Advanced Lane Departure Warning Debuts in Select 2008 GM Cars
AMSTERDAM – Mobileye’s advanced Lane Departure Warning (LDW) technology will be available as an option on the 2008 Cadillac STS, Cadillac DTS, and the 2008 Buick Lucerne. Engineered for General Motors by technology partners Mobileye and Magna Electronics, the system is designed to function as a “virtual rumble strip,” alerting distracted or fatigued drivers with an audible warning when they are in danger of crossing a lane marking.
According to statistics from the U.S. Transportation Research Board, approximately 40 percent of all road fatalities occur when a single vehicle leaves the road and crashes. Rumble strips have reduced lane departure fatalities by up to 90 percent, and at times even more, according to Mobileye.
The Mobileye LDW technology is based on a windscreen-mounted high dynamic range digital CMOS camera, which collects real-time road images that are then processed and analyzed by Mobileye’s unique vision system-on-chip, Mobileye EyeQT. Mobileye’s advanced algorithm technology for video-based lane marking recognition powers the analysis. Both technology and system were tested extensively over the past few years on a wide range of weather conditions, roads, and lane marking types unique to different markets.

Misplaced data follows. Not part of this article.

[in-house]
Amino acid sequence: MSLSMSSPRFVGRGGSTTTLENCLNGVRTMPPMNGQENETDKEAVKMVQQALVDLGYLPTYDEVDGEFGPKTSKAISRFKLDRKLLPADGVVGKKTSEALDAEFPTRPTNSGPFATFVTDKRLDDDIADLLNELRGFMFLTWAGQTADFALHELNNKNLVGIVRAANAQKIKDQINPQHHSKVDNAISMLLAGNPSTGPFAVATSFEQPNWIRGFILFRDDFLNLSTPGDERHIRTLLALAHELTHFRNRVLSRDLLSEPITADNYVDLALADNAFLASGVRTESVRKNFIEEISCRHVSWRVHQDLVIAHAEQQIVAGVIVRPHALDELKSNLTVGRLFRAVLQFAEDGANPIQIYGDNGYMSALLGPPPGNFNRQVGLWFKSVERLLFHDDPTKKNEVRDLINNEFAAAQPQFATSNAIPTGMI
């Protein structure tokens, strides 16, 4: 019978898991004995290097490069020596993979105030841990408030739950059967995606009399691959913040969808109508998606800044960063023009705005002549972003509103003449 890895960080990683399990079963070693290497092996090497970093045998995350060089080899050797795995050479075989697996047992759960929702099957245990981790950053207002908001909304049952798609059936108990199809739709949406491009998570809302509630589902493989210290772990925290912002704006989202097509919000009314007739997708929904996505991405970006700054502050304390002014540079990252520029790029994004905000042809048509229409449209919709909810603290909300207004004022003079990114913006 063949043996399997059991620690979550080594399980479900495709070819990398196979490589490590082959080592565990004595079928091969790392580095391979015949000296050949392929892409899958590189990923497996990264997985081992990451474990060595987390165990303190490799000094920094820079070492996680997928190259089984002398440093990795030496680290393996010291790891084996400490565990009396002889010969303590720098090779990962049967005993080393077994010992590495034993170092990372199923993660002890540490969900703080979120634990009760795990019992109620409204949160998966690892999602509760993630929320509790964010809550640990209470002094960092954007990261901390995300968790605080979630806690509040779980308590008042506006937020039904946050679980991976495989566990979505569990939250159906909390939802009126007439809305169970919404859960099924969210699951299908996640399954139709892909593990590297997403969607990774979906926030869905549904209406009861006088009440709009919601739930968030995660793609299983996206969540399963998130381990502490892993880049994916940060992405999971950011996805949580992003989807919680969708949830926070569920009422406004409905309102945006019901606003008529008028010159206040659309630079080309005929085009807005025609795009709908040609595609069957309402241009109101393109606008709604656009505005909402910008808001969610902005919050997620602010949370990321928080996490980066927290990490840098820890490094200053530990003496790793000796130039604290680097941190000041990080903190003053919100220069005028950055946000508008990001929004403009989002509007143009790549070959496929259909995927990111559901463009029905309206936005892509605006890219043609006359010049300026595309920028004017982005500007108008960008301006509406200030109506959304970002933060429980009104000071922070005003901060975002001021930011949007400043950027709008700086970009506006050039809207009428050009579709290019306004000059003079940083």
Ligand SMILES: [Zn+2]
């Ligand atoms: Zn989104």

Rather than being intrusive, the system only activates if a driver does not use a turn signal and appears at risk of an unintentional, potentially dangerous maneuver. While most other systems require lane markings on both sides of the road, Mobileye’s LDW technology for General Motors offers one of the few systems worldwide that only requires a single lane marking to function. It can also detect construction areas or other situations where lane markings are ambiguous.
The GM LDW vision system warns of potential lane departure by providing an audio alert, emitted from the vehicle’s sound system, according to the direction of the deviation. The audio warning is combined with a visual indication, both urging drivers to correct their steering, and keep their vehicle in the lane. A display in the instrument cluster shows when the system is on and the existence of lane markings.